For this project, a case study approach comprised of two case universities and employed mixed methods that were organised into three stages. Stage 1 included the collation of relevant baseline data from the participating universities (e.g. Indigenous student enrolment numbers), and beginning-project presentations. Stage 2 comprised interviews and focus groups from which qualitative data was collected from: a) undergraduate and postgraduate Indigenous university students; b) academic staff; and c) relevant administrative, professional and technical (APT) staff at the participating universities. From this qualitative data, a framework was developed and was discussed at mid-project presentations and disseminated in the mid-project report. Finally, in Stage 3 quantitative data was collected via surveys of: a) undergraduate and postgraduate Indigenous students; and b) academic teaching staff at the participating universities. Stage 3 served to evolve the framework and develop the two project tools. End-project presentations, workshops, publications and this e-booklet served to widely disseminate the findings.

Key findings, project tools and central recommendation

The findings of this seed project resulted in two tools — The iPlace New Thinking Prompts and The iPlace Ecology [1]. Both tools are scalable, portable and non-prescriptive. The two tools are designed to seed rethinking and new thinking about ‘university place’ praxis and they may be adapted either in part or holistically to assist with strategic imperatives or ‘closing the gap’ agendas of universities across the sector.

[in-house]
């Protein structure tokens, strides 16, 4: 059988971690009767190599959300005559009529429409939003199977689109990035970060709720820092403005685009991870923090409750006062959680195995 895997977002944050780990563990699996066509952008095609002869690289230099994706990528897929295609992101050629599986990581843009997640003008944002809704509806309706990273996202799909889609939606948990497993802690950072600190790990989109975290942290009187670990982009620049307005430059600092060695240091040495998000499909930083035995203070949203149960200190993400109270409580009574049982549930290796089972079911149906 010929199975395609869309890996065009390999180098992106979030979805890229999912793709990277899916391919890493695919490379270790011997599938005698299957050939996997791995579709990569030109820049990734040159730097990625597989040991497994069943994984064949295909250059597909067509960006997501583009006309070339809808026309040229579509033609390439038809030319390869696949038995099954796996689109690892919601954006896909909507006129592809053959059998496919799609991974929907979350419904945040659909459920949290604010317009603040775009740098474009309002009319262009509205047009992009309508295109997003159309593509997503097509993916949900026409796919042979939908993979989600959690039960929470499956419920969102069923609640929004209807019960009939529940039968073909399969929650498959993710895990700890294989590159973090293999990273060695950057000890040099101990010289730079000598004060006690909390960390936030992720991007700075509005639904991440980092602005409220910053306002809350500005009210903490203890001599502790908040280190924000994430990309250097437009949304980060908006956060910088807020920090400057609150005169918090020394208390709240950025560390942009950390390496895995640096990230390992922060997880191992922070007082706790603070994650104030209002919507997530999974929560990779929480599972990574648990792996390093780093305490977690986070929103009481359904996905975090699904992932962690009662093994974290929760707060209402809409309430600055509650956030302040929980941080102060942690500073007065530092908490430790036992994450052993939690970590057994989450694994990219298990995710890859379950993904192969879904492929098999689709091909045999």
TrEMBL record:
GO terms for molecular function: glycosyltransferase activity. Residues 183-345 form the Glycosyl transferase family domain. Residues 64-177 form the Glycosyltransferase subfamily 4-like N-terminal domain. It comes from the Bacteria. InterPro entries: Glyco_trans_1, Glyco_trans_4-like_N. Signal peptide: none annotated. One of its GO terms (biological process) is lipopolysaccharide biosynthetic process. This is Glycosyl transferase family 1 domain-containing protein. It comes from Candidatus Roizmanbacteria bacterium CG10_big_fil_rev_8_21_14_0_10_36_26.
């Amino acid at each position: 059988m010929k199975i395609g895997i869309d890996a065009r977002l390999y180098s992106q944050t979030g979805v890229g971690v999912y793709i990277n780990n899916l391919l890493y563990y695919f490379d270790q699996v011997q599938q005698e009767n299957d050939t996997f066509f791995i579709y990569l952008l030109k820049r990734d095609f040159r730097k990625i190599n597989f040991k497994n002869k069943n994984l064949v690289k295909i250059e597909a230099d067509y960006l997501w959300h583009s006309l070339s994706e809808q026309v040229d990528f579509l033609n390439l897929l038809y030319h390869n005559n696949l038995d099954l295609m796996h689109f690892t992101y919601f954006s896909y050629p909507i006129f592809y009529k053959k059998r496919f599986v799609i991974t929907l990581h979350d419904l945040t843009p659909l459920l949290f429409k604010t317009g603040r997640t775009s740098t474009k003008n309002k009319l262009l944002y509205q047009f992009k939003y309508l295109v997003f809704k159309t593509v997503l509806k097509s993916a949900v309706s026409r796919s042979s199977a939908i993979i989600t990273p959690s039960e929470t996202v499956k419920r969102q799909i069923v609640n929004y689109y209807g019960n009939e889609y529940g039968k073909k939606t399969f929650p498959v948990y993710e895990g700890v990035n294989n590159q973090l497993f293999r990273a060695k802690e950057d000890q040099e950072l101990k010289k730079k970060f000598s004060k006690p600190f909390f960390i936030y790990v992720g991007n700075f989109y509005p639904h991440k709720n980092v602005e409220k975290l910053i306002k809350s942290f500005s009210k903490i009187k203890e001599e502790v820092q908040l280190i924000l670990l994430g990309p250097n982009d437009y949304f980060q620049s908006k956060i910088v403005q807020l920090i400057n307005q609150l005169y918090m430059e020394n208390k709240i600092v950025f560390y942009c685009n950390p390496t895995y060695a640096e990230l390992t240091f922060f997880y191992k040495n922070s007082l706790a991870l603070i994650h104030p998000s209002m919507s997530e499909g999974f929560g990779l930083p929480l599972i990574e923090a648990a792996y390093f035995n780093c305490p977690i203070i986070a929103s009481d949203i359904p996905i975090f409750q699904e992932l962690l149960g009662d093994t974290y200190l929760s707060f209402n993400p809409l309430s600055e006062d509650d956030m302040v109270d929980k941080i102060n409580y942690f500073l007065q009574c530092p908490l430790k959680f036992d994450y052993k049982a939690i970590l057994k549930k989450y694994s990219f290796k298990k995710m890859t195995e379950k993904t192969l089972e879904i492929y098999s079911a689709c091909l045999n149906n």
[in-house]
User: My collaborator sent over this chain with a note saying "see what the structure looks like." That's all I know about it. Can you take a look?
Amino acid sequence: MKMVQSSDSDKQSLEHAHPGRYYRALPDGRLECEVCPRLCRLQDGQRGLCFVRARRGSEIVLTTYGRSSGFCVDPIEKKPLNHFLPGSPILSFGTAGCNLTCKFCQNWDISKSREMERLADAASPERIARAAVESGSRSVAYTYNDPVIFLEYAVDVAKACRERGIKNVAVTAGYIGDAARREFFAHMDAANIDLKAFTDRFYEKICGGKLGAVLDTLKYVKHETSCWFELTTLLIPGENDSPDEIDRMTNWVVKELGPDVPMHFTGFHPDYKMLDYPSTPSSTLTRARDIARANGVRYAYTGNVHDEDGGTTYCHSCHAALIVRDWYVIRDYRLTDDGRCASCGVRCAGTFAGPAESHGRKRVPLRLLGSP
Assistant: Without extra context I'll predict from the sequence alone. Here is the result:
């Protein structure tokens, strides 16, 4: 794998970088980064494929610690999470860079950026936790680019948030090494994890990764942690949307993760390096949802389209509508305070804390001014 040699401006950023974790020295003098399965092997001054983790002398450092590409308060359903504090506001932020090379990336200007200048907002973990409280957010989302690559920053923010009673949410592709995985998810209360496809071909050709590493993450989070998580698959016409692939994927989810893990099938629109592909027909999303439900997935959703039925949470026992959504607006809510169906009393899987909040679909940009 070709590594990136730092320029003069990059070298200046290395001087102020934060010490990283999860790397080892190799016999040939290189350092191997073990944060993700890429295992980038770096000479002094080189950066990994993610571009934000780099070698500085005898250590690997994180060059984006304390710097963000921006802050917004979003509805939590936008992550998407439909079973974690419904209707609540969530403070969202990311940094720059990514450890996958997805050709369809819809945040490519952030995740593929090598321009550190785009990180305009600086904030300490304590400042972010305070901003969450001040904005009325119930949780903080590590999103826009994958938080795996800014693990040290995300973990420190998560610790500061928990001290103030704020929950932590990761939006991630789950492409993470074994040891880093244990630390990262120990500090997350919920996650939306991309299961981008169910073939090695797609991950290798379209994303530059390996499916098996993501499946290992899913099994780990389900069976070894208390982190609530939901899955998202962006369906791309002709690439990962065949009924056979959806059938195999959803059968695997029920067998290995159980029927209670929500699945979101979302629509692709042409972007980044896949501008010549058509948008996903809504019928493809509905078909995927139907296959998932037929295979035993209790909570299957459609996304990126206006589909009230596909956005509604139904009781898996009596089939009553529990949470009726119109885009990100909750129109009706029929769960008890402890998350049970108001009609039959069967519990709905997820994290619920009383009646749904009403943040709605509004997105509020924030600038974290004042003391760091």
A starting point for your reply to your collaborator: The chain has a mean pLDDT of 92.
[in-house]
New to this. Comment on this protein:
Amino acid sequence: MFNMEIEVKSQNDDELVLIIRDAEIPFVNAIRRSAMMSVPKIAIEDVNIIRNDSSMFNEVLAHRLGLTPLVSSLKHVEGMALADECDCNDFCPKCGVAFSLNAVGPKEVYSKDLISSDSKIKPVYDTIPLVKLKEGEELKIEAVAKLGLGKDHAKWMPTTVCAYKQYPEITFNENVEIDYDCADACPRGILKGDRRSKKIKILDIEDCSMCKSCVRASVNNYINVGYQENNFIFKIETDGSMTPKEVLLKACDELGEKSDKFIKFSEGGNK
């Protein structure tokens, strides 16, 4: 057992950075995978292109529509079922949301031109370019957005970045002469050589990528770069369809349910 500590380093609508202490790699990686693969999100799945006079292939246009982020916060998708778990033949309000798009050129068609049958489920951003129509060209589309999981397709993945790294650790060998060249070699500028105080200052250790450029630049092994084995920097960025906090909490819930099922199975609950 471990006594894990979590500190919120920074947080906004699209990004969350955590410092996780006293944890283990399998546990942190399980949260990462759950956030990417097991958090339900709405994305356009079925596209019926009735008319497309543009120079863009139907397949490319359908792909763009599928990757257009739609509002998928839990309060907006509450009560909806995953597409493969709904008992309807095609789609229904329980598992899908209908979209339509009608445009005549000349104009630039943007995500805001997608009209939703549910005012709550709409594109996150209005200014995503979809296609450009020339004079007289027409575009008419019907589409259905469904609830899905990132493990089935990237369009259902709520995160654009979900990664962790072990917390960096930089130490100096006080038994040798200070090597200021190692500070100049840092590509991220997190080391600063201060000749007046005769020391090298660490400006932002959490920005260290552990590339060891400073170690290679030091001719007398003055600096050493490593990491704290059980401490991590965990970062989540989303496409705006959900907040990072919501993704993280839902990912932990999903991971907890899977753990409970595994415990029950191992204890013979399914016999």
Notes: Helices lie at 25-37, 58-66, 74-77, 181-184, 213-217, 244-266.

The central recommendation is that universities intentionally disrupt their status quo thinking and praxis regarding Indigenous students and the factors that enhance their persistence. ‘University places’ are a projection of the maturity of the Indigenous agenda of an institution and are an intersection of Indigenous peoples’ social identities (as a student, as Indigenous, as an emerging professional). The experiences within its bounds define Indigenous studenthood and shape its impacts.

Access the project E-booklet below:

Final report: The ‘university place’: how and why place influences the engagement and retention of Aboriginal and Torres Strait Islander university students

[1] Henceforth the terms Indigenous and Aboriginal and/or Torres Strait Islander peoples will be used interchangeably. No disrespect is intended.

[2] The term ‘iPlace’ was coined for this project and features in the title of the two project tools to convey that the ‘university place’ strengthens, shapes and creates the intersecting and multifaceted social identities of Indigenous students.

Posted 31 January 2019 Posted in General, Indigenous